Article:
National Commentary

Anything But Straight: Nigeria

According to international election monitors, the April 21 vote in favor of Nigerian President Umaru Yar’Adua was rigged, threatening the very freedom and stability of this oil-rich, but corrupt nation. Braving threats of a brutal governmental crackdown, thousands of courageous Nigerians took to the streets on May Day to protest the political charade that passes for political liberty.

Clearly, these demonstrators could benefit if they stood side-by-side with a moral leader who demanded an end to corruption and called for new elections. Such a man would be regarded as a true national hero who could lead Nigeria from a kleptocracy to genuine democracy.

Anglican Archbishop Peter J Akinola is perfectly situated to step in and fill this role. Not only is he a local powerbroker, he is also the leader of the largest province in the worldwide Anglican Church. This offers Akinola a unique international platform to draw attention to the electoral sabotage that is ripping apart the very soul of Nigeria.

But, instead of staying in Nigeria this week to bring his convulsing country together, he is flying to the comfy confines of Virginia to tear the Anglican Church apart. While his country is on the verge of a Constitutional conflagration, the Nigerian archbishop is burning with rage because in 2003 the Episcopal Church installed openly gay V. Gene Robinson as Bishop of New Hampshire.

While the political elites in Abuja will use guns to maintain dominion over voters, Akinola will be lording over a ceremony in Old Dominion to install church rector Martyn Minns as the bishop of the Convocation of Anglicans in North America, a subsidiary of the Nigerian church. Basically, conservatives who think the Episcopal Church is too liberal, are refusing to submit to its authority, and instead have opted to align themselves with Akinola.

What I find outlandish is that Akinola and his Anglican apostates get all bent out of shape about a gay bishop in sleepy New Hampshire, but fall asleep at the wheel over real problems faced by Nigeria, and Africa as a whole.

Is Robisnon’s sexual orientation more important than the heartbreaking fact that two million Africans die from AIDS-related illnesses each year, according to Nuhu Ribadu, the Chairman of Nigeria’s Economic and Financial Crimes Commission?

Does a New England homosexual take precedence over the nearly 3,000 African children who die each day from malaria? Is the gay issue a bigger moral concern than the 40 million African children who are not currently in school?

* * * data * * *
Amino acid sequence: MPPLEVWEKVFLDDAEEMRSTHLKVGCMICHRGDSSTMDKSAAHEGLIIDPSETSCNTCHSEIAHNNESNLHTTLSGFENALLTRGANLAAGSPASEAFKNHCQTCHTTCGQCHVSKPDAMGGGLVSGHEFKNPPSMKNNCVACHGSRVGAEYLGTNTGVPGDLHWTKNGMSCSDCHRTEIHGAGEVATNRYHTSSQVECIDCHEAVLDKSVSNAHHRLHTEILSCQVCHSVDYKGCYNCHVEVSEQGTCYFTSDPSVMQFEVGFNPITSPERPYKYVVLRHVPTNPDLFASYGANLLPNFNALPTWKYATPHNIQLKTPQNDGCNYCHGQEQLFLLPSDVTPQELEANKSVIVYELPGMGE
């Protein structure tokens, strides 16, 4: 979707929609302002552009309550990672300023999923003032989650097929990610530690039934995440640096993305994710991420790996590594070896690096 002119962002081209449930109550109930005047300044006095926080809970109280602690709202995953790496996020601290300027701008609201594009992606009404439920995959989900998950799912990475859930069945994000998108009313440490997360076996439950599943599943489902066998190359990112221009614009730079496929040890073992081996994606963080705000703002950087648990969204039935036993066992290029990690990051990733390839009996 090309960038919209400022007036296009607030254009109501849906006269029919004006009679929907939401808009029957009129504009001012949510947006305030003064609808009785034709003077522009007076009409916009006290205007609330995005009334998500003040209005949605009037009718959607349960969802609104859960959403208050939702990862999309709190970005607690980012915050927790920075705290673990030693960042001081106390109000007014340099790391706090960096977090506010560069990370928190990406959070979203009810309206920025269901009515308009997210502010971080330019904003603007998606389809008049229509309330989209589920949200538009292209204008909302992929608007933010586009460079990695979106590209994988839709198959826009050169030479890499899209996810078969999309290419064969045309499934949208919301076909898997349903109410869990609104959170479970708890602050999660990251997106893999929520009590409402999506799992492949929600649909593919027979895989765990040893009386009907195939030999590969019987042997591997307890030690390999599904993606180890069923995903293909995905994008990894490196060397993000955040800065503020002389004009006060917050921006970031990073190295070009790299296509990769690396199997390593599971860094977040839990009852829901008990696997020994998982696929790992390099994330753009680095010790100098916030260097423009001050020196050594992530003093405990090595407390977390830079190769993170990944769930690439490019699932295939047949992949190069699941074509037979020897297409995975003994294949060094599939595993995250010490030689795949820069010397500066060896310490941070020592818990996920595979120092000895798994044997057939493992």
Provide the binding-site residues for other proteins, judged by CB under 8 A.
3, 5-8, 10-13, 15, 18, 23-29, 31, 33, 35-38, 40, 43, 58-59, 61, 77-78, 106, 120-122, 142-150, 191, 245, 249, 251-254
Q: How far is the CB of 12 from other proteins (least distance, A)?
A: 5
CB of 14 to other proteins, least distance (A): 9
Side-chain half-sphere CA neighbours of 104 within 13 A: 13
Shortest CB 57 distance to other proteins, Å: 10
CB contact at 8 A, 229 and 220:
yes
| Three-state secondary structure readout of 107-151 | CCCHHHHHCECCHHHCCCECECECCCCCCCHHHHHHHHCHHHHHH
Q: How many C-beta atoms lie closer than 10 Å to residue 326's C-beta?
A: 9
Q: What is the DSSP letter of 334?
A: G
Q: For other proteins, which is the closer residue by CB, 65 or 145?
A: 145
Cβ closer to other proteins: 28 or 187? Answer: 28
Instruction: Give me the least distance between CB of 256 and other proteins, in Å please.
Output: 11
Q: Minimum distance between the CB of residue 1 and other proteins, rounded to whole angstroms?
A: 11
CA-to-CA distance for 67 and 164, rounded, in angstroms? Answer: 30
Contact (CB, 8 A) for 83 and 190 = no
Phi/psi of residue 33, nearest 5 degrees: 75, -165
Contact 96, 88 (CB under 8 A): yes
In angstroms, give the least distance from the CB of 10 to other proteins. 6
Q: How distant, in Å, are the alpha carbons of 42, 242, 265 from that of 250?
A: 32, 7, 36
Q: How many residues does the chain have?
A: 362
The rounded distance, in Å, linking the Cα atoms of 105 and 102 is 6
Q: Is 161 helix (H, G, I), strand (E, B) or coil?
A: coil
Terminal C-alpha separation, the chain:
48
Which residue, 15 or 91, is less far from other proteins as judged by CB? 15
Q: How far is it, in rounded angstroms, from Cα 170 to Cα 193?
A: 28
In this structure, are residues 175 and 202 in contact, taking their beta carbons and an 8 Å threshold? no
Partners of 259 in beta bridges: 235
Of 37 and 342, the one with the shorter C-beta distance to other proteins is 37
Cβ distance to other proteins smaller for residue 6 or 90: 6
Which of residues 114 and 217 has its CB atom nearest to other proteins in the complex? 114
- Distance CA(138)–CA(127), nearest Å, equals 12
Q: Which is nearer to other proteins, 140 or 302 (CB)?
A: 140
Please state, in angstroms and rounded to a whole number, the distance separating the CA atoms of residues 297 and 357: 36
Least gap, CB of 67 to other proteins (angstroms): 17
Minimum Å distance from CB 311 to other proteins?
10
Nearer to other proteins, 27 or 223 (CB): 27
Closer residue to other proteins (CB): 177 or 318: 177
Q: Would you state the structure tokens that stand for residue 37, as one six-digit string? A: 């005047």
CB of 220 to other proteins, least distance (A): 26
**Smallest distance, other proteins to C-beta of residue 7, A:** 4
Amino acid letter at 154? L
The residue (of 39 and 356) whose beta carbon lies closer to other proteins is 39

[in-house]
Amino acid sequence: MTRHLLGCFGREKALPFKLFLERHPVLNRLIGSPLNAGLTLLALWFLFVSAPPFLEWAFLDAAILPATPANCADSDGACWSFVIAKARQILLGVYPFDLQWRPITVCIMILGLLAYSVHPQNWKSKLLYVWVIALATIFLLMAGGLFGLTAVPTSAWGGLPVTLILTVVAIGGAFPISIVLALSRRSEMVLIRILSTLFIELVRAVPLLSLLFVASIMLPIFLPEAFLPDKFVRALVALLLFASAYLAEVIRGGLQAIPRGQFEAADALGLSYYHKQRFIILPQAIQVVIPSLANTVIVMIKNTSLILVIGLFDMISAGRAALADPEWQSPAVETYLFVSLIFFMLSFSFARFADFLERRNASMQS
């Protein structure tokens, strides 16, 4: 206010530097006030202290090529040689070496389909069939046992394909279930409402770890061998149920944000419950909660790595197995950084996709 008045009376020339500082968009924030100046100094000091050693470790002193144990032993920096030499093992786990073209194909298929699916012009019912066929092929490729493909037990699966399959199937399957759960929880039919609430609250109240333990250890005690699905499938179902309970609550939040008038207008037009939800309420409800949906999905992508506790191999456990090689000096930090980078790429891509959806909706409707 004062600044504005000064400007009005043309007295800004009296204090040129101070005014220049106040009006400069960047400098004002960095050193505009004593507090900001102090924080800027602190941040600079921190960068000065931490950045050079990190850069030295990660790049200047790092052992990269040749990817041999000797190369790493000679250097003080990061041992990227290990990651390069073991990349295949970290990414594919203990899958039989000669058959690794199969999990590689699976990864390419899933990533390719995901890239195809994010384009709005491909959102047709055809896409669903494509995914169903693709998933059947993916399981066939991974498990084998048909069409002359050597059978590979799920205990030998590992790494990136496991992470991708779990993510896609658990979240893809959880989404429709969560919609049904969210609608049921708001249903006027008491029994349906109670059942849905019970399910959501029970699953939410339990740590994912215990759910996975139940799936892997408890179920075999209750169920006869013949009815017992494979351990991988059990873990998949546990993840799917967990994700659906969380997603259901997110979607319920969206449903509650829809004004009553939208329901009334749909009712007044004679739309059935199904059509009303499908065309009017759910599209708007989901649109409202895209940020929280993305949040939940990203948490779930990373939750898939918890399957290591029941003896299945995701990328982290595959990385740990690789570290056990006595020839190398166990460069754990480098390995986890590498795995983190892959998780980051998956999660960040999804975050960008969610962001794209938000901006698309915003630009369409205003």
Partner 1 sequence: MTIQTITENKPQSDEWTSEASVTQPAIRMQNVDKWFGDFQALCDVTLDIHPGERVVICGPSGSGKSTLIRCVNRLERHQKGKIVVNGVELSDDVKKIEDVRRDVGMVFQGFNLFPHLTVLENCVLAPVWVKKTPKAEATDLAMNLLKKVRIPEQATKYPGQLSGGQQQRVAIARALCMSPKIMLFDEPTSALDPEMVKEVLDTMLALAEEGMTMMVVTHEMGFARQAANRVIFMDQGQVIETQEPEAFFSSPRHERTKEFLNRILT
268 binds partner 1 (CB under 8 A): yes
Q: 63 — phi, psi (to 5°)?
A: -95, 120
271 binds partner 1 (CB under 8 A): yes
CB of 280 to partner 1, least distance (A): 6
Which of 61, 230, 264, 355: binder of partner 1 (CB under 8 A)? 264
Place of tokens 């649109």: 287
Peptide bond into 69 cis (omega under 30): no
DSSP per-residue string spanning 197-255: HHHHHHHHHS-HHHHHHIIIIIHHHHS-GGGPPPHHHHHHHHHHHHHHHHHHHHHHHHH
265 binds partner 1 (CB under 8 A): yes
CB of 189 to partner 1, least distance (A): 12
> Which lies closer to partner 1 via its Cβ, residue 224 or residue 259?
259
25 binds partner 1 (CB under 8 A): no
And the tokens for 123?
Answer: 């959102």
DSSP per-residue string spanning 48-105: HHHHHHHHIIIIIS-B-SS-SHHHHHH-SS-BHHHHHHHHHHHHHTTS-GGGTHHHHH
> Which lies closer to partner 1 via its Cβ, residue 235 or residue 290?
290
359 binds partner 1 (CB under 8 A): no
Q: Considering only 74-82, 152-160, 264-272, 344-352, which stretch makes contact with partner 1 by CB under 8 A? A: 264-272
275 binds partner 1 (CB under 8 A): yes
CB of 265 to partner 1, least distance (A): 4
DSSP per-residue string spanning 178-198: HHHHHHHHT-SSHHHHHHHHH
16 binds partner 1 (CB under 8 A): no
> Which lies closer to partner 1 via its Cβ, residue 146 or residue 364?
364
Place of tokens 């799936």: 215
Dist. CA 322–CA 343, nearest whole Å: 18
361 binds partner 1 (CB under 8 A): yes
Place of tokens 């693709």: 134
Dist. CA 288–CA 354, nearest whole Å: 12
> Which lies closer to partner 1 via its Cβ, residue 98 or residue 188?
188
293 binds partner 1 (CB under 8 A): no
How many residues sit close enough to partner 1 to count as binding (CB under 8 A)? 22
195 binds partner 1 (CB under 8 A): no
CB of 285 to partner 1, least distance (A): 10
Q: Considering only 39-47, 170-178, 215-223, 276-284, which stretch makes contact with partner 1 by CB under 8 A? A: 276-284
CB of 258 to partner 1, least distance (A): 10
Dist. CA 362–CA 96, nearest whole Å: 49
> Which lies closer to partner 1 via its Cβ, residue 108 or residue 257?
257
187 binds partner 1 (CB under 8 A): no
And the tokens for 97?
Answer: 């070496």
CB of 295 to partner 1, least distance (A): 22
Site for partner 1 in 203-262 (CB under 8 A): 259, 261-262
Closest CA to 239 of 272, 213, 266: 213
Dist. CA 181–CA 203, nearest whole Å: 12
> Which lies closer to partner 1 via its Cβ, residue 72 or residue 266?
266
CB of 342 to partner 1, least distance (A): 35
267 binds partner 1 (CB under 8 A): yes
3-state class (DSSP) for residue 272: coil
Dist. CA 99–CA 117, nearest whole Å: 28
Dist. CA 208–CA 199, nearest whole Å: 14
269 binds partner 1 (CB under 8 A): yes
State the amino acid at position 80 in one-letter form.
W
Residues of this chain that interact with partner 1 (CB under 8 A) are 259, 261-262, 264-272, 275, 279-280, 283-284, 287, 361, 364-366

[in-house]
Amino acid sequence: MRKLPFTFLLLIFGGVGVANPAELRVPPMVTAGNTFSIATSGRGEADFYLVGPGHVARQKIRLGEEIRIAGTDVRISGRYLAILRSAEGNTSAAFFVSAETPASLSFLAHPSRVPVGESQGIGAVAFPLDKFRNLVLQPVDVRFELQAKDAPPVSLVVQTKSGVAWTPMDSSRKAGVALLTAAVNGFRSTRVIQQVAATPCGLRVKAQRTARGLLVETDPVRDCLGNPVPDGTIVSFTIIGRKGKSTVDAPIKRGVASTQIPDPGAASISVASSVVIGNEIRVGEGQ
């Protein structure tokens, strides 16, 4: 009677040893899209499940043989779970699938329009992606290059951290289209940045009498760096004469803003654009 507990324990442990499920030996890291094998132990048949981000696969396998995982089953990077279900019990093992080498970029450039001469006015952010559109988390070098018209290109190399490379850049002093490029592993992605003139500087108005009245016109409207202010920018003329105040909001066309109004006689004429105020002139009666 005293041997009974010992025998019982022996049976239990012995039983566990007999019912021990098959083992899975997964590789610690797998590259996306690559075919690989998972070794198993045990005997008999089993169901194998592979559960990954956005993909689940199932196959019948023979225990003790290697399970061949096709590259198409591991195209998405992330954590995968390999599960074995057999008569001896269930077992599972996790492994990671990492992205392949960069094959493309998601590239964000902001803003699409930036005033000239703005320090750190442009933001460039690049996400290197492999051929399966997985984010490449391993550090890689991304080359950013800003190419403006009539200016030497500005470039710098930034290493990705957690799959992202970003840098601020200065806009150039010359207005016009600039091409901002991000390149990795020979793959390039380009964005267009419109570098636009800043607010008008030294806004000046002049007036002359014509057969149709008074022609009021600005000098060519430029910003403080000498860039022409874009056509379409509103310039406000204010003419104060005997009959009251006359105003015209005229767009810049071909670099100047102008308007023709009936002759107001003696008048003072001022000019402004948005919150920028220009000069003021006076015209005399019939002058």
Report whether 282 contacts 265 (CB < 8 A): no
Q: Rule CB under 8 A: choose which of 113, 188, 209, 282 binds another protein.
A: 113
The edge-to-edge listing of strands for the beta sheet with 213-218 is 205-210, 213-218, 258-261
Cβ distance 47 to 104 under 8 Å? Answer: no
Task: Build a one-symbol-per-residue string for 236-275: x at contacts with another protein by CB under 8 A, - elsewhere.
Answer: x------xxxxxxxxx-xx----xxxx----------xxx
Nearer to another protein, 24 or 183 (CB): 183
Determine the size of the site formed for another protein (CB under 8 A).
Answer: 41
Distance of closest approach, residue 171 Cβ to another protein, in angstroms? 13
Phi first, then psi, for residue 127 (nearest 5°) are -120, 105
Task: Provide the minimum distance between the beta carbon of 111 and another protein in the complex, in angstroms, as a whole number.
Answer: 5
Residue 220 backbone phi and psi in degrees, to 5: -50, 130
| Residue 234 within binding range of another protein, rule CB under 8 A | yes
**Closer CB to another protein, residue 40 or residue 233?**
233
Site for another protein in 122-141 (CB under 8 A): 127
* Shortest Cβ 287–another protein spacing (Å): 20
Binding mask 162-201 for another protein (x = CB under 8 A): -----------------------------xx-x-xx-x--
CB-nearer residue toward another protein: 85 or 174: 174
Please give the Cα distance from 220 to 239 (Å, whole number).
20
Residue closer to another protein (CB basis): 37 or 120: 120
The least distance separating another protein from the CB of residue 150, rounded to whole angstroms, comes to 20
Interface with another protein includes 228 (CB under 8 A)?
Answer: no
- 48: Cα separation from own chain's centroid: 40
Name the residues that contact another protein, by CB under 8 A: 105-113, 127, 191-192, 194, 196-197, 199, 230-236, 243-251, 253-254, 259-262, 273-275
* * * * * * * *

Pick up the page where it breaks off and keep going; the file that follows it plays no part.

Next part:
Or, what about the fact that Nigeria has profited to the lavish tune of a half trillion dollars from oil revenues in less than fifty years – and yet, seventy percent of Nigerians live in abject poverty with exiguous incomes of less than one dollar a day? (Presumably, these peasants are not the ones sitting in the pews of Akinola’s lavish church).

Akinola would have you believe that he must come to America to save us from our decadence. Yet, according to the Joint United Nations Program on HIV/AIDS, Nigeria is awash in premarital sex and has STD rates that would make a red light district hooker blush.

In Nigeria, there are 2.9 million people with HIV/AIDS, including 930,000 AIDS orphans. In the past twelve months, 78-percent of men and 29-percent of women, 15-24, have had sex with a casual partner. A 1990 Demographic and Health survey reported that 38-percent of women in Southwest Nigeria were in polygamous marriages.

I bring this up not to point a finger at Nigeria, but to try to comprehend why Akinola is flying to America, when sexual practices condemned by his church are flying off the charts in his home country. It seems that the good Archbishop is a moral coward who basks in the media spotlight abroad, while refusing to spotlight the devastating problems that plague his own country.

Indeed, when confronted with these life and death issues, all Akinola seems to want to prattle on about is his homosexual hang-up.

"To opine that, unknown to humans, God had hitherto created some people to be homosexuals and lesbians (i.e., sexual orientations) is tantamount to creating God in our own image and introducing a cancerous element into the fabric of the African understanding of marriage and family," Akinola once said.

"Homosexuality and lesbianism, like divorce, breed a society of single parents which gives rise to a generation of bastards," the Archbishop has also said.

If Akinola were a real leader, he would be at home fighting disease and tyranny, while leading the opposition against an illegal election. Instead of demonstrating such cojones, Akinola is leaving his countryman to fight this battle, while he jets to America to obsess about Bishop Robinson’s cojones.

Could Akinola have his priorities any more backwards?

Finally, if these renegade American church leaders want to submit to Akinol’s "leadership," then they owe it to Nigeria’s beleaguered citizens to take an active role in their society. To simply become Nigerian in name only – while ignoring the country’s daunting problems – is to be profoundly disrespectful and behave like, well, Peter J Akinola.

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